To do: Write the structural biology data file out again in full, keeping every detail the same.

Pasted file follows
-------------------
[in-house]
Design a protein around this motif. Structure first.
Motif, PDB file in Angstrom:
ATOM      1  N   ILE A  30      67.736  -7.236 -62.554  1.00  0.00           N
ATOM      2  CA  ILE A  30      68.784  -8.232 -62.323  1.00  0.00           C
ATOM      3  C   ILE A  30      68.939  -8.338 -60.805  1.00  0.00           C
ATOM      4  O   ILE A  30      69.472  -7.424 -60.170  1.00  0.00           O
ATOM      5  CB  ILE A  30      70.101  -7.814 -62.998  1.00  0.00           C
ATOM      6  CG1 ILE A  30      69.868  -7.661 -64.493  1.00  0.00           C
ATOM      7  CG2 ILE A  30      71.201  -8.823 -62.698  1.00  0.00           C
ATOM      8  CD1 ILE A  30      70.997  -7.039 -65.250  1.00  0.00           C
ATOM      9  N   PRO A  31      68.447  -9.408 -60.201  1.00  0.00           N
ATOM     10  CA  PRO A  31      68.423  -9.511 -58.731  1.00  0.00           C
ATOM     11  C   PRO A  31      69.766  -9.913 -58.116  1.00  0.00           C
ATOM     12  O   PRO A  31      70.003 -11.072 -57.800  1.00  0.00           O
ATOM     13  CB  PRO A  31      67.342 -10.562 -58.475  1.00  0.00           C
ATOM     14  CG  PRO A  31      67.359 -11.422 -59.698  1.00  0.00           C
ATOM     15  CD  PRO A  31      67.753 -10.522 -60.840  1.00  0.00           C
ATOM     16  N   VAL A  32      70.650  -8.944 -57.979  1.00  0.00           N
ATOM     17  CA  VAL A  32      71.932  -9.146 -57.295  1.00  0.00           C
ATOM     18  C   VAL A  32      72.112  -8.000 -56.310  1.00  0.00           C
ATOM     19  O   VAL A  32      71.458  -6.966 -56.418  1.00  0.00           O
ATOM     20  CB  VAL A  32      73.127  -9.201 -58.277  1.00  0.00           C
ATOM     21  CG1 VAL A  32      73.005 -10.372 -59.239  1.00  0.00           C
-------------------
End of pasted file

[in-house]
Design a protein around this motif. Structure first.
Motif, PDB file in Angstrom:
ATOM      1  N   ILE A  30      67.736  -7.236 -62.554  1.00  0.00           N
ATOM      2  CA  ILE A  30      68.784  -8.232 -62.323  1.00  0.00           C
ATOM      3  C   ILE A  30      68.939  -8.338 -60.805  1.00  0.00           C
ATOM      4  O   ILE A  30      69.472  -7.424 -60.170  1.00  0.00           O
ATOM      5  CB  ILE A  30      70.101  -7.814 -62.998  1.00  0.00           C
ATOM      6  CG1 ILE A  30      69.868  -7.661 -64.493  1.00  0.00           C
ATOM      7  CG2 ILE A  30      71.201  -8.823 -62.698  1.00  0.00           C
ATOM      8  CD1 ILE A  30      70.997  -7.039 -65.250  1.00  0.00           C
ATOM      9  N   PRO A  31      68.447  -9.408 -60.201  1.00  0.00           N
ATOM     10  CA  PRO A  31      68.423  -9.511 -58.731  1.00  0.00           C
ATOM     11  C   PRO A  31      69.766  -9.913 -58.116  1.00  0.00           C
ATOM     12  O   PRO A  31      70.003 -11.072 -57.800  1.00  0.00           O
ATOM     13  CB  PRO A  31      67.342 -10.562 -58.475  1.00  0.00           C
ATOM     14  CG  PRO A  31      67.359 -11.422 -59.698  1.00  0.00           C
ATOM     15  CD  PRO A  31      67.753 -10.522 -60.840  1.00  0.00           C
ATOM     16  N   VAL A  32      70.650  -8.944 -57.979  1.00  0.00           N
ATOM     17  CA  VAL A  32      71.932  -9.146 -57.295  1.00  0.00           C
ATOM     18  C   VAL A  32      72.112  -8.000 -56.310  1.00  0.00           C
ATOM     19  O   VAL A  32      71.458  -6.966 -56.418  1.00  0.00           O
ATOM     20  CB  VAL A  32      73.127  -9.201 -58.277  1.00  0.00           C
ATOM     21  CG1 VAL A  32      73.005 -10.372 -59.239  1.00  0.00           C